NYFF’s ‘Omar’ Selected for Best Foreign Language Oscar Consideration

Hany Abu-Assad's Omar has been selected by the Palestinian Ministry of Culture as its entry for the Best Foreign Language Oscar. The political thriller debuted in the Cannes Un Certain Regard section where it received a Jury Prize. Abu-Assad's Paradise Now was nominated in the category in 2005.

Set in the Occupied Territories, the tense feature centers on Omar (Adam Bakri), a Palestinian baker who routinely climbs over the separation wall to meet up with his girl Nadja (Leem Lubany). By night, he can be construed as a freedom fighter or terrorist - ready to risk his life to strike at the Israeli military with his childhood friends Tarek (Eyad Hourani) and Amjad (Samer Bisharat). Arrested after the killing of an Israeli soldier and tricked into an admission of guilt by association, he agrees to work as an informant, which begins a dangerous game in which loyalties become vague.

[Related: Cannes Daily Buzz: Bridging Barriers in Abu-Assad’s "Omar"]

Israel, meanwhile, selected Yuval Adler's debut feature, Bethlehem as its contender, according to Deadline. It had its world premiere at the Venice Film Festival and picked up six Ophir Awards (Israel's highest film honors) including Best Feature and Best director. Set in Jerusalem and the West Bank, it centers on an Israeli secret service officer and his teenage Palestinian informant.

And just due north, Lebanon has also sent in its choice for Oscar. Amin Dora's Ghadi is a comedy set in a small coastal town, which follows Leba, a music instructor who marries his childhood sweetheart, Lara. His family and friends are disappointed when his first born is a girl, which is followed by a second one. Lara's third pregnancy is with a boy, but medical tests indicate he will have special needs. Questions arise whether they will keep the baby or whether it will become the family's pride and joy or a burden.

Last year, 71 countries submitted entries for consideration for the Academy Awards Best Foreign Language category. NYFF 50 U.S. debut Amour by Michael Haneke won the category in 2013. The Academy will select a short list of about nine films later this fall from which five will be selected as nominees for the 86th Academy Awards taking place next March.

Current submissions for Best Foreign Language Oscar consideration follow:


15 Years and a Day, Gracia Querejeta (Spain)

Bad Destiny, Draško Đurović (Montenegro)


Blind Spot, Christophe Wagner (Luxembourg)


Borgman, Alex van Warmerdam (The Netherlands)


Boy Eating The Bird’s Food, Ektoras Lygizos (Greece)


Breach in the Silence, Luis Rodríguez, Andrés Rodríguez (Venezuela)

Burning Bush, Angieszka Holland (Czech Republic)


The Butterfly’s Dream, Yılmaz Erdoğan (Turkey)


Circles, Srdan Golubovic (Serbia)


Child’s Pose, Calin Peter Netzer (Romania)


Class Enemy, Rok Biček (Slovenia)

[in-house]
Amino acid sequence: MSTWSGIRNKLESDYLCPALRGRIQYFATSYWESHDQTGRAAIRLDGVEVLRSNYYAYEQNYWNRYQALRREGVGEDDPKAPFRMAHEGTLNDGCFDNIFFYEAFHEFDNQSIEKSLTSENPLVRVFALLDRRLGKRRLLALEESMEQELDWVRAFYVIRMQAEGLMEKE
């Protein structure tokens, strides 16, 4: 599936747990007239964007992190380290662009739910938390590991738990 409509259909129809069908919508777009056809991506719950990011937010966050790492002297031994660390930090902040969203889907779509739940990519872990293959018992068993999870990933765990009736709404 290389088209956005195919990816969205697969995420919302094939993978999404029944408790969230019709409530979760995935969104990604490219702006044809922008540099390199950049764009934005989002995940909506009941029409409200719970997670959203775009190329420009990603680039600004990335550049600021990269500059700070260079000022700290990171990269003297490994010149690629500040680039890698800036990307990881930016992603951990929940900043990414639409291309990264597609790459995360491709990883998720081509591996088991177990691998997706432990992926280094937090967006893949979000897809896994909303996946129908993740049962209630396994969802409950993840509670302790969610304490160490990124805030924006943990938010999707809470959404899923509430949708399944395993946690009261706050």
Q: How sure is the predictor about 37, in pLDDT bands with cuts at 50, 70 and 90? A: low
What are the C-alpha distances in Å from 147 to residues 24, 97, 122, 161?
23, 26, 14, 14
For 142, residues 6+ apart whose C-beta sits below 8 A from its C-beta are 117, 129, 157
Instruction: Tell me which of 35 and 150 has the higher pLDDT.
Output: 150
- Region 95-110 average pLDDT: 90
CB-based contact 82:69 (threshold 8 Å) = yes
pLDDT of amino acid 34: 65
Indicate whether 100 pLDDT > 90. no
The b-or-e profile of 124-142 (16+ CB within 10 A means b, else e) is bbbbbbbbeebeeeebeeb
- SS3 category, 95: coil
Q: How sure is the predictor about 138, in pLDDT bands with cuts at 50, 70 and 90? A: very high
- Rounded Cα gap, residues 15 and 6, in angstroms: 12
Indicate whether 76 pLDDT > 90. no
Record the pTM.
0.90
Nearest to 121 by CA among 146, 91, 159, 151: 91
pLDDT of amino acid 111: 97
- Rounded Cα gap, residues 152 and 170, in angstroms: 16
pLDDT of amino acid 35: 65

The Cleaner, Adrian Saba (Peru)

The Colour of the Chameleon, Emil Hristov (Bulgaria)
Conversations on Serious Topics, Giedré Beinoriute (Lithuania)


Countdown, Nattawut Poonpiriya (Thailand)

Disciple, Ulrika Bengts (Finland)


Eat Sleep Die, Gabriela Pichler (Sweden)

An Episode in the Life of an Iron Picker, Danis Tanović (Bosnia and Herzegovina)

Four Corners, Ian Gabriel (South Africa)

Gabrielle, Louise Archambault (Canada)
Ghadi, Amin Dora (Lebanon)


Gloria, Sebastián Lelio (Chile)


God’s Horses, Nabil Ayouch (Morocco)

The Good Road, Gyan Correa (India)

The Grandmaster, Wong Kar-wai (Hong Kong)


The Great Beauty, Paolo Sorrentino (Italy)

The Great Passage, Yuya Ishii (Japan)



Halima’s Path, Arsen Anton Ostojić (Croatia)

The Hunt, Thomas Vinterberg (Denmark)

I Am Yours, Iram Haq (Norway)


Ilo Ilo, Anthony Chen (Singapore)


In Bloom, Nana Ekvtimishvili, Simon Groß (Georgia)



Juvenile Offender, Kang Yi-kwan (South Korea)

La Playa DC, Juan Andrés Arango (Colombia)


Lines of Wellington, Valeria Sarmiento (Portugal)

More Than Honey, Markus Imhoof (Switzerland)


Mother, I Love You, Janis Nords (Latvia)



My Dog Killer, Mira Fornay (Slovakia)
Neighboring Sounds, Kleber Mendonça Filho (Brazil)

Of Horses and Men, Benedikt Erlingsson (Iceland)


The Notebook, Janosz Szasz (Hungary)


Soongava: Dance of the Orchids, Subarna Thapa (Nepal)


Soul, Chung Mong-hong (Taiwan)

Stalingrad, Fedor Bondarchuk (Russia)


Transit, Hannah Espia (Philippines)


Wadjda, Haifaa Al Mansour (Saudi Arabia)


Walesa. Man of Hope, Andrzej Wajda (Poland)


White Lies, Dana Rotberg (New Zealand)


Metro Manila, Sean Ellis (United Kingdom)
Omar, Hany Abu-Assad (Palestine)


Paradjanov, Serge Avedikian, Olena Fetisova (Ukraine)


Renoir, Gilles Bourdos (France)


The Rocket, Kim Mordaunt (Australia)


Two Lives, Georg Maas (Germany)


The Wall, Julian Pölsler (Austria)
Wakolda, Lucía Puenzo (Argentina)


Who’s the Boss?, Ronni Castillo (Dominican Republic)


Zinda Bhaag, Meenu Gaur, Farjad Nabi (Pakistan)

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